Let's be real for a minute. If you have the budget then you do not care about Flutter. You'll have two teams or maybe three and you'll develop your products in or out of parity. If you do not have the budget you'll get the best team you can assemble based on what sales and marketing has on hand. If you have an iPhone sales team then that's what you're going to develop for because that's how you perceive the market.

The problem with Flutter as a tool and platform is that it's not stable. They seem to be relying on free resources to provide support. The documentation is poor and their howto videos are marketing infomercials for managers. It's not until you actually try to bolt the iPhone and Android applications together that the pain starts... if not already as in my case.

So what did agile get wrong. One thing for sure. Releasing often or too often for one. Having a customer that is so huge that you cannot hear the feedback (when the customer is the population at large). And it is possible to release too early. As evidenced by the support team suggesting users use the unstable channels to solve problems.
this was accomplished before the internet and before Google. -- Richard Bucker
In the 1980s I was hired to start work on a new payment system that was to become the anchor of the giftcard industry. At the time I was a DOS system and dbase programmer with some OS/2 internals and some OS/2 application development experience. I had already achieved my 10,00 hours so I was a rock star when it came to absorbing new tech. Within 3 months I built the giftcard system on Sun Solaris, Oracle SQL, Java, designed REST before it was REST, integrated the system into the company's mainframe operations workflow, implemented an integrated IVR, and was the only after hours support person.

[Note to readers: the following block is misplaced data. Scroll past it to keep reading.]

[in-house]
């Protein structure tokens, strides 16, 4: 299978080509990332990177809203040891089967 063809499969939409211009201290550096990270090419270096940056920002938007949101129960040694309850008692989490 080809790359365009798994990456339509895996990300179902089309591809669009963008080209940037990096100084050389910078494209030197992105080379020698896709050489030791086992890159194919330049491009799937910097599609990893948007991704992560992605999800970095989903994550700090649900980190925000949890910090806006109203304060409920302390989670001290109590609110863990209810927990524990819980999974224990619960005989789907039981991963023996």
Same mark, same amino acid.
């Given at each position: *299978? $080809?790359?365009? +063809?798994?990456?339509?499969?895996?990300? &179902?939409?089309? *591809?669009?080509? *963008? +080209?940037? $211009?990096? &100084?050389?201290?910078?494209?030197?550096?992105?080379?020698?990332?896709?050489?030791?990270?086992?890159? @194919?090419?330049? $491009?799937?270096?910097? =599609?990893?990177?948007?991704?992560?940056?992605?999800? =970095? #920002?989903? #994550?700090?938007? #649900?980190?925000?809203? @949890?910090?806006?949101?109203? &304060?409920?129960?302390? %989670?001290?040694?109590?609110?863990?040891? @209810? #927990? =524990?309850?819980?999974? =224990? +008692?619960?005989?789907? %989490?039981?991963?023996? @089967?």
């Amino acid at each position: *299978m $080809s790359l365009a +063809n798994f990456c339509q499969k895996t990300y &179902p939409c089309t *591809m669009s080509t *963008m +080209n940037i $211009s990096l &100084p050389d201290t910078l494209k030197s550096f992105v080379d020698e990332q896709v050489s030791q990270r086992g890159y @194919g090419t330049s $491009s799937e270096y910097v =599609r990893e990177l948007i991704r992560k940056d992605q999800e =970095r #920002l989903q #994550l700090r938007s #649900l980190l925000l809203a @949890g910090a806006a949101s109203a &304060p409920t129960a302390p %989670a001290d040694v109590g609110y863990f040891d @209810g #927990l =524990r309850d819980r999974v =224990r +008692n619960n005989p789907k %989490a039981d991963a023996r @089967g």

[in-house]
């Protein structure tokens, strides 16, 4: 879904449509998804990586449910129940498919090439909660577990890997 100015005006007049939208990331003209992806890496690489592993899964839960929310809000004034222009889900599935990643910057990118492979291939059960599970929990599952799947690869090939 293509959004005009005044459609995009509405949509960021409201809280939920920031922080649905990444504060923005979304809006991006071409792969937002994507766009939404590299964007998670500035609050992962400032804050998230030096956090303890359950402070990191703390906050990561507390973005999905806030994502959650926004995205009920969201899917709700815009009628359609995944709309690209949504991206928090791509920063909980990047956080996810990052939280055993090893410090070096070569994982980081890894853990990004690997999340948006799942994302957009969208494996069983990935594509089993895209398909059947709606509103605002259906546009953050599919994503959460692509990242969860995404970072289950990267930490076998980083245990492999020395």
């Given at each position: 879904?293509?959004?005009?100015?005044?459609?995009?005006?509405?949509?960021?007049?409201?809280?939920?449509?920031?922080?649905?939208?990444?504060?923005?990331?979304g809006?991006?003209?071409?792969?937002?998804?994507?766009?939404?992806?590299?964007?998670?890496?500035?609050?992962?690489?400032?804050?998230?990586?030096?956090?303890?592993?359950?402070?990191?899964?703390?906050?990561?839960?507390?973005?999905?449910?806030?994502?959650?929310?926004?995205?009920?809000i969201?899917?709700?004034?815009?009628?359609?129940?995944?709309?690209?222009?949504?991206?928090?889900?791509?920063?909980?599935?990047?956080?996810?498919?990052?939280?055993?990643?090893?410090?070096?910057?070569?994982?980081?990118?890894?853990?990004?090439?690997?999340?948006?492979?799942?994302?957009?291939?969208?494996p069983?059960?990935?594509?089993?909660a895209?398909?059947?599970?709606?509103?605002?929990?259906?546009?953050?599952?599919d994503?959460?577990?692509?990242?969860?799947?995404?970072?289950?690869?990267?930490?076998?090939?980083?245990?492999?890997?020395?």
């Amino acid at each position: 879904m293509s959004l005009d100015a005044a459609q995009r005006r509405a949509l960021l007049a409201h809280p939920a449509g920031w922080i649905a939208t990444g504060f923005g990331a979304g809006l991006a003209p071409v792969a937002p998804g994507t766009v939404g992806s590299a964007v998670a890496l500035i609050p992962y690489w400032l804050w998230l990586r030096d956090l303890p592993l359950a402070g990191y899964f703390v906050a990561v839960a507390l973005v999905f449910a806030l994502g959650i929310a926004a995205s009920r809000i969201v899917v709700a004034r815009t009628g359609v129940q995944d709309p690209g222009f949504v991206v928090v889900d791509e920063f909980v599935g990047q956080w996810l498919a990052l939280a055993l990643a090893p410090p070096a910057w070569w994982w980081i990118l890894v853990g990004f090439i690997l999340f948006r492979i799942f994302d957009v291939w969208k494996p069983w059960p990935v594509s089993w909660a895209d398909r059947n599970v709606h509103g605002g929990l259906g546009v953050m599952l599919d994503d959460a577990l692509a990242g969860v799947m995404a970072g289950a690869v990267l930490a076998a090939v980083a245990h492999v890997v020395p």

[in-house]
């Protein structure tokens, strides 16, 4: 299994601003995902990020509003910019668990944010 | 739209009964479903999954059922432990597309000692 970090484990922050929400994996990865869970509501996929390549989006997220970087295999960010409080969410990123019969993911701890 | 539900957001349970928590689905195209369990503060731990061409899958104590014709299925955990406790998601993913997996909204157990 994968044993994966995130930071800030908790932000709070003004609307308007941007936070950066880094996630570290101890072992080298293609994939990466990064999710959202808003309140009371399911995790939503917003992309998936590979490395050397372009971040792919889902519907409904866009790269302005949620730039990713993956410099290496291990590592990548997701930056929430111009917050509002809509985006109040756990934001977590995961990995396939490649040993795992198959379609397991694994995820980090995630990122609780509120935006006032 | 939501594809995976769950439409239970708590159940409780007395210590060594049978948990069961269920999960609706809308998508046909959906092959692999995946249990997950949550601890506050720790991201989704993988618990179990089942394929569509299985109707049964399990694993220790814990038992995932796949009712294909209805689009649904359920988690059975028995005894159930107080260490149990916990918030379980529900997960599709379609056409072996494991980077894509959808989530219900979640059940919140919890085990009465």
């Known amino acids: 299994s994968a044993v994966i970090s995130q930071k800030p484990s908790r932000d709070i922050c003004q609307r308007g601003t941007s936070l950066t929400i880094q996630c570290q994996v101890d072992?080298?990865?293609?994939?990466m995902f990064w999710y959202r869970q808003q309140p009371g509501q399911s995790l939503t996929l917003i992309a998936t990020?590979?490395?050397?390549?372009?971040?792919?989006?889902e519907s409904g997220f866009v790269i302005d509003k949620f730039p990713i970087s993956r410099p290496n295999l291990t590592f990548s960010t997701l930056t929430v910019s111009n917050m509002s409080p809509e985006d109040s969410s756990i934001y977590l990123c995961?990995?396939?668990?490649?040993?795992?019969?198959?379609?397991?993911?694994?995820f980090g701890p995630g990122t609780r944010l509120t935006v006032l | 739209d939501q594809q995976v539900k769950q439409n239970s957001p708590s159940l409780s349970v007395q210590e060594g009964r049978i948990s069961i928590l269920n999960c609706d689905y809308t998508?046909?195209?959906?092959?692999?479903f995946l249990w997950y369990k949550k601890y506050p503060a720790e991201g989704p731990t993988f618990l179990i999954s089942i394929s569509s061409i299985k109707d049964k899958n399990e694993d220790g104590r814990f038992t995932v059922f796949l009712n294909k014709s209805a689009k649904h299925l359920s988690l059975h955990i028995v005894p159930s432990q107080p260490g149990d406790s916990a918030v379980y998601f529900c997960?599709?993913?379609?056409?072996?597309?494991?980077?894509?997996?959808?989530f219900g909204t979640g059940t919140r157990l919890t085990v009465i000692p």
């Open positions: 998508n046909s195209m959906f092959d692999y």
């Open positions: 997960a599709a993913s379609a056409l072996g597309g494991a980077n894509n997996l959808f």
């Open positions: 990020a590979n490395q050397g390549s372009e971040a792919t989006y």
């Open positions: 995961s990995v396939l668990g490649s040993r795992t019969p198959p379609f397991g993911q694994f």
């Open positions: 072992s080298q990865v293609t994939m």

The one component I keep trying to forget is the help desk software that I wrote using some tools from CA (computer associates). I'm sure it was fine for some tasks but as a general purpose multi-platform application environment it sucked. And I was too bold not to take the bullet early. The hard lesson I learned is that the sum of the parts is not the sum but the average.  Keep in mind that all of this was done without the internet and at the time Unix system admins were hoarding online and dead tree manuals.

So here's the thing... I head to learn by experimenting with the tools at hand. I had to wait for the mail in order to get the next release and that could be weeks or months and sometimes years. But when I/we received a 1.0 release we knew what it was not production ready but effectively an early release. When 1.1 arrived we knew there was something there to work with. (see the Java language history). The next place was the bookstore. It was the next best place to get good information. I had hundreds of manuals that filled in the gap. At the time the software release cycle was slow enough that there was a book business behind it. (see pragmatic programmer and O'Reilly). And when all else failed there was the library or computer science department at any college.